If you find a place with a Taiwan Beer fridge, do the Taiwan Beer Tasting Flight. (It’s not really a thing, I’ve just made it up.) Basically you get one tall bottle each of the different variations of Taiwan Beer: Classic, Gold Medal and 18 Days. If you see the brown Weissbier bottle then definitely get that too.

8. Go to Din Tai Fung

Don’t listen to the haters. It’s not overrated, it’s awesome. And it tastes the best right here in Taipei.

9. Try Not to Eat Too Much

You can’t eat every dinner at the night market, so bookmark these Taiwanese restaurants and keep them in your back pocket: Du Hsiao Yueh, Shin Yeh, AoBa, My Stove, A Cheng Goose, 渣男 Taiwan Bistro, Hai Jiu Penghu Seafood, Baxian Grill, Fuhang Soy Milk (breakfast), and Chun Shui Tang, the chain restaurant of the famed bubble tea brand.

10. Bonus Experiences

  • Get a cheap but incredibly painful reflexology-style, full-body massage. I go to Dancing Fingers.
  • Hike Elephant Mountain. Confession: I haven’t done this yet.
  • Order a ridiculous Taiwan-only pizza flavor from Pizza Hut.
  • Buy fruit from the morning traditional market nearest you. Extra points if it’s longan.
  • Experience a local baseball game. Here’s how to buy tickets.
  • Check the schedule at the National Theater & Concert Hall, Taipei Music Center and Taipei Performing Arts Center in case there’s something interesting happening.
  • Sing late-night karaoke at PartyWorld or SingGo and order an entire table of food. If you have a fat budget then definitely book a room at Oncor.
  • Try a seasonal fruit drink at one of the MACU tea shop locations. It’s one of my favorite ways to have fresh fruit.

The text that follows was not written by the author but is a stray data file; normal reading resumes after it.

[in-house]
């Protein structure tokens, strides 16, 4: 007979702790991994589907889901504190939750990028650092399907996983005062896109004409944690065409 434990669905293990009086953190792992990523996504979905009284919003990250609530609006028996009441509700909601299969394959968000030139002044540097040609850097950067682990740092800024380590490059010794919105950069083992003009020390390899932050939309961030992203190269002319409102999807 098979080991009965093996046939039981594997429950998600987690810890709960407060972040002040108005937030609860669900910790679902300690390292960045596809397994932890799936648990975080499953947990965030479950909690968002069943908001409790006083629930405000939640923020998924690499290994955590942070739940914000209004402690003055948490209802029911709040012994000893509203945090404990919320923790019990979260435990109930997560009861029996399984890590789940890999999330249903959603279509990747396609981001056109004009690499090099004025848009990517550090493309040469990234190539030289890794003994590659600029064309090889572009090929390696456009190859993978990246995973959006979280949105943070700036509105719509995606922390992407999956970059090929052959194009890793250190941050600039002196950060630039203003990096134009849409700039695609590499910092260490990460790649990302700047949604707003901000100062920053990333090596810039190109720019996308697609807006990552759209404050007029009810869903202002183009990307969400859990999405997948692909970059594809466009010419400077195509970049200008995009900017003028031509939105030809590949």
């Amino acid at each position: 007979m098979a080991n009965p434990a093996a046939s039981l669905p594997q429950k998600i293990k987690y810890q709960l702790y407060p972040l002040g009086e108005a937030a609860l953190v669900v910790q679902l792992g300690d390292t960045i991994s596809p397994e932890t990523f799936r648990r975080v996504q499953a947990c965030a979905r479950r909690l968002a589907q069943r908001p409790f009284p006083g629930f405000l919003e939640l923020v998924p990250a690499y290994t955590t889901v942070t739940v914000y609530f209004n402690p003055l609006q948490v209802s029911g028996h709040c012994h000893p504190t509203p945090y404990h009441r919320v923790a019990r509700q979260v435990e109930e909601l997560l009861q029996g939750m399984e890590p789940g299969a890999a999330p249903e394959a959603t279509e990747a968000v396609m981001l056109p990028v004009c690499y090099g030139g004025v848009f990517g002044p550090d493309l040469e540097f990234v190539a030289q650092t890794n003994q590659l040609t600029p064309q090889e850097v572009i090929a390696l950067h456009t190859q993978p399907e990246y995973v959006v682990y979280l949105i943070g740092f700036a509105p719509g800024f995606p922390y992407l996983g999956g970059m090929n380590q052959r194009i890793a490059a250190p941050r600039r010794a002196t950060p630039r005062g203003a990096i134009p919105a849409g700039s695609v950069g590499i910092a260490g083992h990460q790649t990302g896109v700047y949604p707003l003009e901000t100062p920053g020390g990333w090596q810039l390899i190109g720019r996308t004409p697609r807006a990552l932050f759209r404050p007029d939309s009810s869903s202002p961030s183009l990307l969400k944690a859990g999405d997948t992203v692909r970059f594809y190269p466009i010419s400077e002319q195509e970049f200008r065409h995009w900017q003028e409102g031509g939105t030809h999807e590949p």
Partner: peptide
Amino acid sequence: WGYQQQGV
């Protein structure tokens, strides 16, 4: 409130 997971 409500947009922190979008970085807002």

• Take a half-day getting to Jiufen and back. I haven’t been in maybe 10 years. It’s like the Times Square of Taipei.
  • Book yourself a full-body medical checkup at a private wellness clinic that specializes in them. (Yes, I’m serious.) I’ve gone to Lianan, but there are lots of options if you ask around.

11. Tips for Souvenirs

  • Buy your boxed up pastries from SunnyHills, Pan’s Cake, ChiaTe or Taipei Leechi. Taipei Leechi have the bestest suncakes everrrrrr. My pick for pineapple cakes is ChiaTe, but I promise you there’s gonna be a line to get into the main shop. Save time by skipping the individual stores and going straight to the Taipei 101 mall. There are a bunch of booths outside the Din Tai Fung on the B1 level.
  • Buy all other souvenirs like cute packaged teas, stationery and small items at Lai Hao near Yongkang Street.
  • If you need gifts for little kids, my book Hey Taipei is sold at Lai Hao and also the Tamed Fox cafes.
  • When you’re at Din Tai Fung, grab a couple of the boxed chili oils and XO sauces as gifts.
  • At the airport, find the Hsin Tung Yang gift shops. You can get the Morinaga fruit drops made with Taiwanese fruit flavors like mango, lychee, passionfruit, guava and peach. The tin looks like this.
  • If desperate, go to PX Mart or Mia C’Bon and get some expensive Taiwanese instant noodles. Or maybe just a bag of expensive Taiwanese rice.

Finally, here are some old guides from pre-Covid days. A lot of places might be closed, sadly, but they still might be helpful.

What to Eat at Tonghua Night Market

Eat Like You’re in Japan

Where to Eat Beef Noodle Soup in Taipei

Best Things to Do in Taipei with Kids

The Ultimate Taipei Travel Guide

Where to Eat Taiwanese Breakfast